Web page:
Search the Case Studies
Search the Articles
Search the Membership
MirandaNet Fellowship Casestudy
The Ruffwood@Home Project
Year of posting: 2002
The Ruffwood @ Home Project
Ruffwood School have loaned 100 brand new computers and printers to students and their families living in the Northwood neighbourhood of Kirkby. In the near future they will also receive a web camera and free Internet access via Knowsley Council's network. The project will research the impact of ICT on student performance, development and family and community learning and regeneration.
In Partnership with:
Northwood SRB, Telewest Communications and Knowsley MBC. Northwood is a high priority area for regeneration, hence its Single Regeneration Budget (SRB) status. It scores very badly on most counts of social deprivation including low GCSE results and high youth unemployment.
The school has a progressive vision and an excellent record of technology innovation and social inclusion. Ruffwood @ Home is one example of how the school believes ICT can advance the learning of our students, and at the same time, tackle equal opportunities to technology. The project is managed in the school and match funding and expertise is also provided.
Computers have been in the homes since August 2001. Since that time many students have reported improvements to their homework grades and ICT skills and some are showing an increased motivation to work. One student has carer responsibilities and is excited about being able to videoconference with his friends from home.
Students are being encouraged to shape the project themselves: from designing the project's web site, to embarking on Young Enterprise initiatives surrounding ICT. They are also given the opportunity to express their lives via a web site and digital filming ideas. Students are continually asked about their feelings and ideas concerning the project, and about their general learning needs.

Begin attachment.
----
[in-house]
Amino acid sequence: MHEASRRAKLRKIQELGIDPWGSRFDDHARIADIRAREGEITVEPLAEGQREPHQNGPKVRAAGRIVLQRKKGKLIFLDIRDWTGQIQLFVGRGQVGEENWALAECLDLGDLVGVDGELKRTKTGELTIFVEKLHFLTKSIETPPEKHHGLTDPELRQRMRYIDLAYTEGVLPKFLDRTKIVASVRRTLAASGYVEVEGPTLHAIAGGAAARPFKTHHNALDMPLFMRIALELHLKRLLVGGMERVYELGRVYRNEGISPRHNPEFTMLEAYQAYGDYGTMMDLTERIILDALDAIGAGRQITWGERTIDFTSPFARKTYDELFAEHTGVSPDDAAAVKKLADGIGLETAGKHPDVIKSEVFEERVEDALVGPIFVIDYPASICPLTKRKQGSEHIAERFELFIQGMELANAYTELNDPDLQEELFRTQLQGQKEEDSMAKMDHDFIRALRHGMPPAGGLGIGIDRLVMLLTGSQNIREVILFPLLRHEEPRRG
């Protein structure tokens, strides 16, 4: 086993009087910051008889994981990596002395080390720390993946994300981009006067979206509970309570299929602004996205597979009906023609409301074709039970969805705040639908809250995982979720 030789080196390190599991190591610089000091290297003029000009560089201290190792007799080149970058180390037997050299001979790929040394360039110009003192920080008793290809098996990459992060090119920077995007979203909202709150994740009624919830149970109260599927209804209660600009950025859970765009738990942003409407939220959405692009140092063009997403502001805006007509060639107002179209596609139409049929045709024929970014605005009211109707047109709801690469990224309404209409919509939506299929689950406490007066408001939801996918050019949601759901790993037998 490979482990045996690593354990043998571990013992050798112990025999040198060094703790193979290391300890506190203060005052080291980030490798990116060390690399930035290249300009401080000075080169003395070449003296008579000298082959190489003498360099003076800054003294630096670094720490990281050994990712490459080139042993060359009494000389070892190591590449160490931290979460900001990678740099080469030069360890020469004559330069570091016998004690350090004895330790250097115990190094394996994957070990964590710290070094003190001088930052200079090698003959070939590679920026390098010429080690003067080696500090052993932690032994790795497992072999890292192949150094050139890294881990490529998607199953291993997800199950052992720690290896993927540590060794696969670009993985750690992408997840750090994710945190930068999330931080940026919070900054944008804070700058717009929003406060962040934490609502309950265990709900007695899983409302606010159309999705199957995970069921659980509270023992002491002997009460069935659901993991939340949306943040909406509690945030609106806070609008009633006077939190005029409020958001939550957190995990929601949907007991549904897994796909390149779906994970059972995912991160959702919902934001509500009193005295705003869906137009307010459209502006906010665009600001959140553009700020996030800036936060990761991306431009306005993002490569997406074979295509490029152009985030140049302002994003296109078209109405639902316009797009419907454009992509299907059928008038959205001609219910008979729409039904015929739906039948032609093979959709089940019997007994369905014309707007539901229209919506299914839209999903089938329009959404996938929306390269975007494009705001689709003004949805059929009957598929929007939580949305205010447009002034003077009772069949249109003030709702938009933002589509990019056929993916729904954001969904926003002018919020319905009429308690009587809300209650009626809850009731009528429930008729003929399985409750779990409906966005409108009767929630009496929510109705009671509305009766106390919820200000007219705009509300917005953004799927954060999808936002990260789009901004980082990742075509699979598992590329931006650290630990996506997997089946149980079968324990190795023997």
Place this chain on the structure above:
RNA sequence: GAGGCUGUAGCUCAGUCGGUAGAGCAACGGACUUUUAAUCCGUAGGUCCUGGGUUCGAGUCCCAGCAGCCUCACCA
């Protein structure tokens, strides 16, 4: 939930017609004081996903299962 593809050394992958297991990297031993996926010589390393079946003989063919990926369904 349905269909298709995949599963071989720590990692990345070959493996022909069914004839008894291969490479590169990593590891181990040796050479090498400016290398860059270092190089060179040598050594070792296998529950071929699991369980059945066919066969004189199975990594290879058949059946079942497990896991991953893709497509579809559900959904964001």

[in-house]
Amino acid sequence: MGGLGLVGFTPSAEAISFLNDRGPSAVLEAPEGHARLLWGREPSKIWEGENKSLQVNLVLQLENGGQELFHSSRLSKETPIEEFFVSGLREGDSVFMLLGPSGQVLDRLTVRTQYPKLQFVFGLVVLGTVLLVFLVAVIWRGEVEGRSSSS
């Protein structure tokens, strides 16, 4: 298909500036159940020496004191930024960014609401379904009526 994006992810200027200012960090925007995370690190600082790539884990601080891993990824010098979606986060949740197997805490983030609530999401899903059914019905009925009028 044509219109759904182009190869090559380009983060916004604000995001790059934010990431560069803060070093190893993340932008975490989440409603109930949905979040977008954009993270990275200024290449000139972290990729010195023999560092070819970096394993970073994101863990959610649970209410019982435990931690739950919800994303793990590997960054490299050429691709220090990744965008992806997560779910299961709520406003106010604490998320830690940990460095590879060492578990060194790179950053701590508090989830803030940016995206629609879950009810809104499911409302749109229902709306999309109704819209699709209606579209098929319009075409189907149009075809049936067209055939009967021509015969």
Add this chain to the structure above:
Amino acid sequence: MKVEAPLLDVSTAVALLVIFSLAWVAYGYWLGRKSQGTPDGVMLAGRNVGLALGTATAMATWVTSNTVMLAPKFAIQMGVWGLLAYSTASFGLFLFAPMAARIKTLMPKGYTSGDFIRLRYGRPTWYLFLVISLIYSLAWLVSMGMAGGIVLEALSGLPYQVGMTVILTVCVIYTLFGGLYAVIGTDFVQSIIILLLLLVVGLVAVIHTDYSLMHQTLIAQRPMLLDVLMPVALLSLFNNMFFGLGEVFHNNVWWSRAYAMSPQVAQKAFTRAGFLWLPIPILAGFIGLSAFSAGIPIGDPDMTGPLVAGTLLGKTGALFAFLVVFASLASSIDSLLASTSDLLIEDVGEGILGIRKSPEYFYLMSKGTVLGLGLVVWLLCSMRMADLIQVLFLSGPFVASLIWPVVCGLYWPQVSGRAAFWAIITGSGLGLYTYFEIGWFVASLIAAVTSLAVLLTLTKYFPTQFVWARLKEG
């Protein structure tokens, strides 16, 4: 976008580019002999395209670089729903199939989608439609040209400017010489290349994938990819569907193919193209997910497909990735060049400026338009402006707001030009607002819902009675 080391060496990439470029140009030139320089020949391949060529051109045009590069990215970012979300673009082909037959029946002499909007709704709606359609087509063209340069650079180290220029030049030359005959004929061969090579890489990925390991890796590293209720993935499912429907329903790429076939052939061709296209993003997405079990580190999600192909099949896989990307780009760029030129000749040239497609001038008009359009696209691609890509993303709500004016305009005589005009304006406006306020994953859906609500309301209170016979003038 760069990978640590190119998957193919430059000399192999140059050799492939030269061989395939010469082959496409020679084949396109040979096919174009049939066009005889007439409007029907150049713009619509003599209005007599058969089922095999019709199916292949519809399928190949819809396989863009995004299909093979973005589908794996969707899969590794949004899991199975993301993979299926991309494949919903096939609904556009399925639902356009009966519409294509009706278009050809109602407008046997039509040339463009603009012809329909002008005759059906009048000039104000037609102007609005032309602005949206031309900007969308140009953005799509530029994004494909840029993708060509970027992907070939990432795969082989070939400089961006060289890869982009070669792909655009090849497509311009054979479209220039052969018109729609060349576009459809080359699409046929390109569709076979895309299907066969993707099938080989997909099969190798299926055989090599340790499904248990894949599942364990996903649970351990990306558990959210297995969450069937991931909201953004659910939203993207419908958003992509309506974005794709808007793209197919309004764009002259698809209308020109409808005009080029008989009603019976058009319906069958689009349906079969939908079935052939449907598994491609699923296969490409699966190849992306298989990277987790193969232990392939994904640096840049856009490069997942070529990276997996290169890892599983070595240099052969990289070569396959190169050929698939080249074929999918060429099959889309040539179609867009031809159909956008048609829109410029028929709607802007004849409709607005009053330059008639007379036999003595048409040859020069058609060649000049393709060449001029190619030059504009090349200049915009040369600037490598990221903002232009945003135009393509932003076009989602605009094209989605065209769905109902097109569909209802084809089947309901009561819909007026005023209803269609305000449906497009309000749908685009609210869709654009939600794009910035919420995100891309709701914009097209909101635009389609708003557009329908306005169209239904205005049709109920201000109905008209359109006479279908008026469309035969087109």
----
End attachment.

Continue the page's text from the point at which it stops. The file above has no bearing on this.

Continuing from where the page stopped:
Working with ICT in the Classroom
Students are expected to use ICT in the classroom more and more. The project will embrace ICT systems and packages, which support curriculum activities. Students on the project will have access from the home to the 'Knowsley Learning Place'; the local authority's education intranet, designed to support classroom and curriculum activities. Communication will also be improved once homework and messages can be emailed to students and parents.
Bringing ICT to the Home
More importantly, the equipment is a bridge between school and the home: improving relationships and frequency of communication. We will provide all parents will an e-mail address, which logs onto the school network. There are also parents involved with the project; helping with research and organising events. Each home now has evidence of the efforts the school is making to aid their child's education.
Encouraging Family Learning